Retention is an organisation’s strategy for reducing the turnover spent on replacing staff who leave. A high retention rate means you hold on to a lot of the people you recruit. A low retention rate means you have a high turnover of staff, so you need to recruit more often. Failing to retain staff has many consequences, some of them much more serious than may first meet the eye.
Valuing employee retention shouldn’t just be seen as avoiding negative effects; putting the effort in to retain staff members has myriad benefits. But with so many things to focus on when building your business, why should you prioritise retention as a crucial component of your success?
Benefits of employee retention
- Boost morale: When employees feel important to their role and team rather than dispensable, there is likely to be a big boost in morale. Happier staff means the work environment will be a better place and encourage long-term loyalty.
- Increase productivity: As employee retention is noticeable in the office, it’s an intangible yet powerful motivator. Studies show that when people feel valued and happy, productivity increases.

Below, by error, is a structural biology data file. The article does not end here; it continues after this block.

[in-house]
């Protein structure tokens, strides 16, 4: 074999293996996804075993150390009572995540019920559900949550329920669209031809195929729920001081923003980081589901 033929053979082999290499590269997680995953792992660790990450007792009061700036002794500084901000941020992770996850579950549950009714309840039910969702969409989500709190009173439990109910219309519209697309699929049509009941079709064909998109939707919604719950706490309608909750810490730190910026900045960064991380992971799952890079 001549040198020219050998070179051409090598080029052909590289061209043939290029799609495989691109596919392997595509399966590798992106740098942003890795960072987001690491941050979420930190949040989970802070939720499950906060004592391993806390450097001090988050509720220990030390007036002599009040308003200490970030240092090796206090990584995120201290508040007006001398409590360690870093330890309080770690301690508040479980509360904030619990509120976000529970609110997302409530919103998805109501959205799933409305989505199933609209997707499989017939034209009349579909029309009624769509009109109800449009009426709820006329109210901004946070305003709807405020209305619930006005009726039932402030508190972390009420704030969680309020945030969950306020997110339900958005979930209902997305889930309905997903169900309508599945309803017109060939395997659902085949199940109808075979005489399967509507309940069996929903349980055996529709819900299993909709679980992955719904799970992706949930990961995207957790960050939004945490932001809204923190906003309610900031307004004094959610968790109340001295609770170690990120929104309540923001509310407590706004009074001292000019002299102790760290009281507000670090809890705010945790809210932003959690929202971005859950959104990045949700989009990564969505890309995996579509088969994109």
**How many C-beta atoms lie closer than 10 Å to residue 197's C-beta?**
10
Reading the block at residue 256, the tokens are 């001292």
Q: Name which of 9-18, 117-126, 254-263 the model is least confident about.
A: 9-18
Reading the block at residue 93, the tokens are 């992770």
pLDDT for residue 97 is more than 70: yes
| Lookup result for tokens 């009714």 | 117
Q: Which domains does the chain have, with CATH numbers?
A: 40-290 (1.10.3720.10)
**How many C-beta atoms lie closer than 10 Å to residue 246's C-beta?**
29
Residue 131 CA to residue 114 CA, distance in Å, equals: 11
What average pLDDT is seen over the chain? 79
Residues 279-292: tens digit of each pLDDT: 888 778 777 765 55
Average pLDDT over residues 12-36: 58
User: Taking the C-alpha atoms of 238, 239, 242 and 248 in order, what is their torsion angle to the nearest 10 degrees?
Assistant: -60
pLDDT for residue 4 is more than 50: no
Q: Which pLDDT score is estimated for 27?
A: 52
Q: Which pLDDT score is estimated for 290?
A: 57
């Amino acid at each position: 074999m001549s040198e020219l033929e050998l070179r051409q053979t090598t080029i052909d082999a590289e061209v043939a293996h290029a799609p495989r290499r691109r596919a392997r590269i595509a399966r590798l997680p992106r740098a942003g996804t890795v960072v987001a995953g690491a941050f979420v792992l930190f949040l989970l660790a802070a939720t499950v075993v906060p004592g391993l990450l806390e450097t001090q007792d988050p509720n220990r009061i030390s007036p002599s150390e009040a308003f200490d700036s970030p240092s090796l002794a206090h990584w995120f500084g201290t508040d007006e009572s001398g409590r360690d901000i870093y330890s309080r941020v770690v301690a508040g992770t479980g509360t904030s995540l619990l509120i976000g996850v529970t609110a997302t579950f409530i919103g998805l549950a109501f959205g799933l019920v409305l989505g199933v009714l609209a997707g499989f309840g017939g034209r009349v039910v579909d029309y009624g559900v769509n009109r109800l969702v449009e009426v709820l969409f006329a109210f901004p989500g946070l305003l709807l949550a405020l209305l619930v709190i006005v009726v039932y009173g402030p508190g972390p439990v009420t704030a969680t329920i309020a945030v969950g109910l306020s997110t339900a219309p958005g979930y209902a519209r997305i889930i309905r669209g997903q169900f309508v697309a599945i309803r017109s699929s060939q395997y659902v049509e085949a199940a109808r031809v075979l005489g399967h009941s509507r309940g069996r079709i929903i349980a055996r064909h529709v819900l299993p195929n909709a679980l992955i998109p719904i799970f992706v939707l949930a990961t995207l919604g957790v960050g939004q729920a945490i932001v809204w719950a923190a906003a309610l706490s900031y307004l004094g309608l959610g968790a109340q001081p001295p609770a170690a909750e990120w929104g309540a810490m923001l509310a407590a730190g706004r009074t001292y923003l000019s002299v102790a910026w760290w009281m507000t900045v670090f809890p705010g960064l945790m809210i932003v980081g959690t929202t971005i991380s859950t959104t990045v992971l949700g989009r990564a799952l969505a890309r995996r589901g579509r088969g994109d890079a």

- Reduce costs of hiring: By not having to hire new employees, you’ll save on the time, hassle, and expense of hiring, which can be substantial.
- Reduce training time: When you must train entry-level staff often, this is a waste of company resources and time.
- Retain talent: You’ll prevent a talent drain from your business. After all, if you’ve nurtured an employee, you’ll naturally want to reap the long-term rewards of their expertise.
With so many benefits, how do you increase employee retention?
How to retain employees
- Invest in your internal processes: Efficient human resources management systems, hr platforms and simplified processes are good ways to take the pressure off employees and support them better at work. By prioritising staff experience, you’ll gain improved loyalty and streamline workloads.
- Manage expectations: Rather than overpromising or underpromising, manage your employees’ expectations within the business so there’s always open and honest dialogue.
- Remunerate staff fairly: With the cost-of-living crisis, employees want to feel they are being remunerated fairly. Offer a competitive salary and timely promotions to show your staff that they’re the heart of what you do.
- Offer extra training: To keep your staff’s progression a priority, offer extra training to ensure consistent upskilling. By doing this, you’ll also demonstrate a willingness to invest in your people’s potential.
- Improve company culture: Gone are the days of leaving an office dynamic to develop on its own. Company culture is extremely important to the workers of today and is a major factor for remaining in a role. Don’t leave it up to chance: actively foster a positive culture and work environment with an emphasis on inclusivity.